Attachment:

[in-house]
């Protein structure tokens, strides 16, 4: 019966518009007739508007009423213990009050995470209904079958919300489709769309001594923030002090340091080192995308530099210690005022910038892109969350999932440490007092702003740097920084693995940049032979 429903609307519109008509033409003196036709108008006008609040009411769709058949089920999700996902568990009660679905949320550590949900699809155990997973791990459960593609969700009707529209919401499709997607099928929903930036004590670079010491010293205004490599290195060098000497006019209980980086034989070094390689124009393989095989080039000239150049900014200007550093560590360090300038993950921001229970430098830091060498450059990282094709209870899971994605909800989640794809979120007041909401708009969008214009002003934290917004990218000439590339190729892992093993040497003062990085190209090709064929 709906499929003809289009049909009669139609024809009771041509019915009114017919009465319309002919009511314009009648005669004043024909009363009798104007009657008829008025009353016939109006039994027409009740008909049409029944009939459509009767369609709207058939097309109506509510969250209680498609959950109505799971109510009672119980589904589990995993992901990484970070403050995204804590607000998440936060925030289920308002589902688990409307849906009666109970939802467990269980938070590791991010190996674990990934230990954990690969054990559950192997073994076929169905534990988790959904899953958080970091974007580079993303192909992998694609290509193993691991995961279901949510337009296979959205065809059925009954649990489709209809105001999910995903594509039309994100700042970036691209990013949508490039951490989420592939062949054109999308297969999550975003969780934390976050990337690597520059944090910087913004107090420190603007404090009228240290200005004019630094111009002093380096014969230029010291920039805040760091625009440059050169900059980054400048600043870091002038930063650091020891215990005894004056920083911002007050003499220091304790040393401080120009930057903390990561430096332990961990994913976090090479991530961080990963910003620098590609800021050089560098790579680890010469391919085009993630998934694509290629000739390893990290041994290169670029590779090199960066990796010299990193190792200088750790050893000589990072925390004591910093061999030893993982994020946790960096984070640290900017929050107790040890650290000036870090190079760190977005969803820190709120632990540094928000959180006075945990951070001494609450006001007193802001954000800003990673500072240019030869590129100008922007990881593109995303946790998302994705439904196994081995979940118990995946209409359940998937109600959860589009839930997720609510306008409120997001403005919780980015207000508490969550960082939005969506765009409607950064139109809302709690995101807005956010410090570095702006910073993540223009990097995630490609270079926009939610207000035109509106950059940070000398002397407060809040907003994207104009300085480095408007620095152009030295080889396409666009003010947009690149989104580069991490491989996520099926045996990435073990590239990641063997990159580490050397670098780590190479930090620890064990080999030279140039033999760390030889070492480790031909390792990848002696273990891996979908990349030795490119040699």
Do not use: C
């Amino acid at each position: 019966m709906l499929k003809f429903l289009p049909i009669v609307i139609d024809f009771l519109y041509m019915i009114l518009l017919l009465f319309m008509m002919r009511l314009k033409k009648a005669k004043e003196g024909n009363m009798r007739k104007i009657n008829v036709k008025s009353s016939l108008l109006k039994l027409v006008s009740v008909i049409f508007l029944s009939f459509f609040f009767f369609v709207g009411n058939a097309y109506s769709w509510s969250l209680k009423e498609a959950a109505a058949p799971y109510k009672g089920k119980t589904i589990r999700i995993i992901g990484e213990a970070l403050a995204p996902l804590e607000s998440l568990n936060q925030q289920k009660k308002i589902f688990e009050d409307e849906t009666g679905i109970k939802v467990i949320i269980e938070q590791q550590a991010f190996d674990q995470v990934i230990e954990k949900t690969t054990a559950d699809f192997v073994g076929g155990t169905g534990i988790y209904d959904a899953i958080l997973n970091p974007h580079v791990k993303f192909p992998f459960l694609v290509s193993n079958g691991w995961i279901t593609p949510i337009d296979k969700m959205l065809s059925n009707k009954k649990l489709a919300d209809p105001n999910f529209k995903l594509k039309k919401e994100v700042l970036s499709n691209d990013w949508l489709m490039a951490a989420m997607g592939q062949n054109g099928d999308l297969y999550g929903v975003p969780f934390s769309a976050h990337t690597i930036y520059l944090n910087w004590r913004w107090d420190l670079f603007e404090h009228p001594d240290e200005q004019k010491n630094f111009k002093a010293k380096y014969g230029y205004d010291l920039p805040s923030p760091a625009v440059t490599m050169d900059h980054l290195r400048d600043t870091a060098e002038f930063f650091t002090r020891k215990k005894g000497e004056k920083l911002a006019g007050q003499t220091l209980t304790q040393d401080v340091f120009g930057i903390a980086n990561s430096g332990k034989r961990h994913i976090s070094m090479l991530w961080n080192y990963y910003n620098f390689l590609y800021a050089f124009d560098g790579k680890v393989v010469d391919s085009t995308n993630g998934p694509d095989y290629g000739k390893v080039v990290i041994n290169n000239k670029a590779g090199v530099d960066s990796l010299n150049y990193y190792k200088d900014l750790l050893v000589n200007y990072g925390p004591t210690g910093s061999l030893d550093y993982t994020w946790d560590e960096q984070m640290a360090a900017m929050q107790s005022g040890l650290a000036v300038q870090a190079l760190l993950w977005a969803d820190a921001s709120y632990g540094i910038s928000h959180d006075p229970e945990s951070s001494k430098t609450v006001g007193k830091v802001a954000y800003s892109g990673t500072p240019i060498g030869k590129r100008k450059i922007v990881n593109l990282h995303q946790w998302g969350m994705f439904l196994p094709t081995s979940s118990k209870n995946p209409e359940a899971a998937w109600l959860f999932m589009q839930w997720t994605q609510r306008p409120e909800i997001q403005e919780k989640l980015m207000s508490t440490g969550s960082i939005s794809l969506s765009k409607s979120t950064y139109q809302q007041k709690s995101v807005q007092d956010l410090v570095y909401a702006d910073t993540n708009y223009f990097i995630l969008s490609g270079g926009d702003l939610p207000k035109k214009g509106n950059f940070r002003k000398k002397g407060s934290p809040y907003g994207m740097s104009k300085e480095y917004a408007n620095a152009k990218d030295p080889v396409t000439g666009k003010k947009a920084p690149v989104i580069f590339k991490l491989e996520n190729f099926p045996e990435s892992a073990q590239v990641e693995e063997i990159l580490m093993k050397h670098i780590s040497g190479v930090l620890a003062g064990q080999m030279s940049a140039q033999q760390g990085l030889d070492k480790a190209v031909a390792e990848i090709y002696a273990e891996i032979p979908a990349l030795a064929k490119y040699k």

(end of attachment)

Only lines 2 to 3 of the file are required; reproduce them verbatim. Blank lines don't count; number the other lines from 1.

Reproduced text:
């Protein structure tokens, strides 16, 4: 019966518009007739508007009423213990009050995470209904079958919300489709769309001594923030002090340091080192995308530099210690005022910038892109969350999932440490007092702003740097920084693995940049032979 429903609307519109008509033409003196036709108008006008609040009411769709058949089920999700996902568990009660679905949320550590949900699809155990997973791990459960593609969700009707529209919401499709997607099928929903930036004590670079010491010293205004490599290195060098000497006019209980980086034989070094390689124009393989095989080039000239150049900014200007550093560590360090300038993950921001229970430098830091060498450059990282094709209870899971994605909800989640794809979120007041909401708009969008214009002003934290917004990218000439590339190729892992093993040497003062990085190209090709064929 709906499929003809289009049909009669139609024809009771041509019915009114017919009465319309002919009511314009009648005669004043024909009363009798104007009657008829008025009353016939109006039994027409009740008909049409029944009939459509009767369609709207058939097309109506509510969250209680498609959950109505799971109510009672119980589904589990995993992901990484970070403050995204804590607000998440936060925030289920308002589902688990409307849906009666109970939802467990269980938070590791991010190996674990990934230990954990690969054990559950192997073994076929169905534990988790959904899953958080970091974007580079993303192909992998694609290509193993691991995961279901949510337009296979959205065809059925009954649990489709209809105001999910995903594509039309994100700042970036691209990013949508490039951490989420592939062949054109999308297969999550975003969780934390976050990337690597520059944090910087913004107090420190603007404090009228240290200005004019630094111009002093380096014969230029010291920039805040760091625009440059050169900059980054400048600043870091002038930063650091020891215990005894004056920083911002007050003499220091304790040393401080120009930057903390990561430096332990961990994913976090090479991530961080990963910003620098590609800021050089560098790579680890010469391919085009993630998934694509290629000739390893990290041994290169670029590779090199960066990796010299990193190792200088750790050893000589990072925390004591910093061999030893993982994020946790960096984070640290900017929050107790040890650290000036870090190079760190977005969803820190709120632990540094928000959180006075945990951070001494609450006001007193802001954000800003990673500072240019030869590129100008922007990881593109995303946790998302994705439904196994081995979940118990995946209409359940998937109600959860589009839930997720609510306008409120997001403005919780980015207000508490969550960082939005969506765009409607950064139109809302709690995101807005956010410090570095702006910073993540223009990097995630490609270079926009939610207000035109509106950059940070000398002397407060809040907003994207104009300085480095408007620095152009030295080889396409666009003010947009690149989104580069991490491989996520099926045996990435073990590239990641063997990159580490050397670098780590190479930090620890064990080999030279140039033999760390030889070492480790031909390792990848002696273990891996979908990349030795490119040699």
Do not use: C